Whenever I have gone to Hyderabad, particularly during the month of Ramzan (or Ramadan), one thing which always caught my fancy was Haleem. I had heard a lot about it but could never taste it. Reasons, one it is available only during these days and normally it is available during evenings only. One couldn’t have it because either you must be there in this holy month and even if you happen to be there, by the time you get over with your work, go to your hotel, have a shower and change, the restaurants would run out of it. It was during one of those visits to the biryani-famous Paradise last year that I had a luck of perfect timing and had it.
Before I move forward, hey wait a minute, what is this Haleem after all ?
Haleem is an Arabic dish, prominently famous in Hyderabad (Telengana). Simply put, it means in Urdu- Patient and merciful. Otherwise, it is a combination of Mutton, Wheat, Lentils, Barley and Spices. The pounded meat is added to a paste of coarsely ground Wheat, Dal Chana, Moong Dal and Barley with ground and whole spices and continuously stirred and mixed while cooking with ghee. Optionally, ginger, green chillies too are added by some. At the end, it comes out as a thick paste like consistency. The dish is a fine blend of protein and carbs and a whole meal in itself. It is normally served hot with garnishing of coriander leaves, caramelised onions and a lot of lemon juice poured over it. One can savour it as it is or with crispy chapati.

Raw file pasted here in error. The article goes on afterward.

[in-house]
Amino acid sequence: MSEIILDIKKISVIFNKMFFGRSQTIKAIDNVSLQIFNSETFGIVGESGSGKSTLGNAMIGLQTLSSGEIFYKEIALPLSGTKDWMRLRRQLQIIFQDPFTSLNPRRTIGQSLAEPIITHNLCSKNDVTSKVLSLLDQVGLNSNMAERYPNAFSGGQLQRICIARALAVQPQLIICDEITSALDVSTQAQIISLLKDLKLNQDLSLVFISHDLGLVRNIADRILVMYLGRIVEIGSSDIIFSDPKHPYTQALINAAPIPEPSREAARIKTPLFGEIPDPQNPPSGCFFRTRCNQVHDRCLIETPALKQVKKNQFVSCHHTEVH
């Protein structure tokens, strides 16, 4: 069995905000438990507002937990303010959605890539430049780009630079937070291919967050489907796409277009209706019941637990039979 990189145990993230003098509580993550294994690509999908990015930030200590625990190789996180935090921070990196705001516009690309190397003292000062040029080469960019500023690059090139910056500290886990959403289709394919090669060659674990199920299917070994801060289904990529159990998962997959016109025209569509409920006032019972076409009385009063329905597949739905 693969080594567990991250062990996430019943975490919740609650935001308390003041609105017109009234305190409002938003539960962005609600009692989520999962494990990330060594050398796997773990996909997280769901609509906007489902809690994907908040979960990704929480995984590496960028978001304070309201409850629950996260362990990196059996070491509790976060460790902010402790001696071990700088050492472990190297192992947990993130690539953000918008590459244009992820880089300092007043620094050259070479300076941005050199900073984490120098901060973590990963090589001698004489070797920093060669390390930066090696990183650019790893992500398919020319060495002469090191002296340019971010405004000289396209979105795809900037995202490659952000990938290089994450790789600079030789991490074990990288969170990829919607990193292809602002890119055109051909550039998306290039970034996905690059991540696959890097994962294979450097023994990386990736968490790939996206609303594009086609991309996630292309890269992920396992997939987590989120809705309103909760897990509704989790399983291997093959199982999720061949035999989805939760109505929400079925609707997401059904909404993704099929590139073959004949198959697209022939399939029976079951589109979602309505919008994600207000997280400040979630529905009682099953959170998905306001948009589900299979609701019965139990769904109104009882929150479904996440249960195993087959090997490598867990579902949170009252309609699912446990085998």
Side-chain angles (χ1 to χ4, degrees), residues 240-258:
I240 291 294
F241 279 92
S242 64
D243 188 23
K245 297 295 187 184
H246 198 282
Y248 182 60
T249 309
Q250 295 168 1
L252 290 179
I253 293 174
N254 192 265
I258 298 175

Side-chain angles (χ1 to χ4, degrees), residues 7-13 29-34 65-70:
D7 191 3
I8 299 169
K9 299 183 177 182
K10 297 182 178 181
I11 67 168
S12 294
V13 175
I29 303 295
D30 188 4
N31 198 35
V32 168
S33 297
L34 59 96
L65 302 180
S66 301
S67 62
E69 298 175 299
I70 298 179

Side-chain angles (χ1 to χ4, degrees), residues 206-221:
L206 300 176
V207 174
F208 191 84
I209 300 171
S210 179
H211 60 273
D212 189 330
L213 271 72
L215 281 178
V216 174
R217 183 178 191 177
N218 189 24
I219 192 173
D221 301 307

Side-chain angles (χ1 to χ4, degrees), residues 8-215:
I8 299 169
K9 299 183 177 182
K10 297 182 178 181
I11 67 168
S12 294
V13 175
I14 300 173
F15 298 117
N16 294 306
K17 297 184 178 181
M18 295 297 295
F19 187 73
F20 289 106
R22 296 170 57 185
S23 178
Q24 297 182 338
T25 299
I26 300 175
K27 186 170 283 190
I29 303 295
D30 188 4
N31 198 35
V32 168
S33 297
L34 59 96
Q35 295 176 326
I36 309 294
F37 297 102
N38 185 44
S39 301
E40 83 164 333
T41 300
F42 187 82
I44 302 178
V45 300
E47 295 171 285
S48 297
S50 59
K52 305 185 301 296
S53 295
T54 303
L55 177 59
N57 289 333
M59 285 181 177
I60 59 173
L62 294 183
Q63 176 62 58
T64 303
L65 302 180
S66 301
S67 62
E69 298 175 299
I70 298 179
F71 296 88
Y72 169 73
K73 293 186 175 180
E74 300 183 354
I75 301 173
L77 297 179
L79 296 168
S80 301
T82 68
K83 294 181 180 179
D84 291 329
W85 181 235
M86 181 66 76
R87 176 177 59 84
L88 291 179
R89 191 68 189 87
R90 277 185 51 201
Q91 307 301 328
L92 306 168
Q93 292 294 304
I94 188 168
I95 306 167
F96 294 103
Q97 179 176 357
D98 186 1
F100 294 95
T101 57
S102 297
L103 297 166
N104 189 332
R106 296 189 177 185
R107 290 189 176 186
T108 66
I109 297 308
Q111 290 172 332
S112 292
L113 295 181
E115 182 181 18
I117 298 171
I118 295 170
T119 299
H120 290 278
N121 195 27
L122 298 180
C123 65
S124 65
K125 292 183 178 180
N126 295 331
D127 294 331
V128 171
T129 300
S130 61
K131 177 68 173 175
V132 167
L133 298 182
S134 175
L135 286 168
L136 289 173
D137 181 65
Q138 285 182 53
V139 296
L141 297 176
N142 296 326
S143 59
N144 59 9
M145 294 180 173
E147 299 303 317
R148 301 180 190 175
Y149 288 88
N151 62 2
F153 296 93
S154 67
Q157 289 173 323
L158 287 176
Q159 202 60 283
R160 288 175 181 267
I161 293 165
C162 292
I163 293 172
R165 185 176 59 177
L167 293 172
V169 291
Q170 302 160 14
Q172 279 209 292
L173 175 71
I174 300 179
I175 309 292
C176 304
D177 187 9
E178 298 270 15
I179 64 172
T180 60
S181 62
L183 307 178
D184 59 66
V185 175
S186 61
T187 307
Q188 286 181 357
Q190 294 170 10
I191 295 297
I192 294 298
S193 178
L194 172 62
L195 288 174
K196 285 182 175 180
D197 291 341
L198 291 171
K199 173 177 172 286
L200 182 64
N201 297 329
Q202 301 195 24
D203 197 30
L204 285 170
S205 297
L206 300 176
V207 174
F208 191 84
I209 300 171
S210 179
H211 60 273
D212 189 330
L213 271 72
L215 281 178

I still remember my first encounter with it in Paradise last year in Hyderabad. Was with friends, including a local. One quick spoonful in the mouth gave my palate an introduction with a paste full of flavours of mutton, onion, spices and lemon. That day, I ditched all my chapaties, rice, biryani, including my favourite nawabi chicken etc and settled only for Haleem.
However, at the end, was overloaded, enjoyed every bit of it, felt happy that I tried a new dish but was not verrry excited. Reason, I couldn’t understand myself. Maybe, I had more expectations? I discussed this with quite a few food loving friends but couldn’t get any answer. Some said they don’t relish this dish and some said they don’t eat it because it is full of calories. Then, a friend in Hyderabad told me that perhaps I was looking for an authentic dish and perhaps tasted its commercial version because Paradise is more famous for its biryani, though many may still don’t agree even with that. He suggested that if you want to taste authentic Haleem, try the Original Bawarchi ( there are many look alike versions of the restaurant all over Hyderabad) or the famous Pista House, both of them are in the old city, near Charminar. Now, one doesn’t have time and courage to wade through that thick traffic of Hyderabad in the evening hours and go towards the old city. So couldn’t have it so far.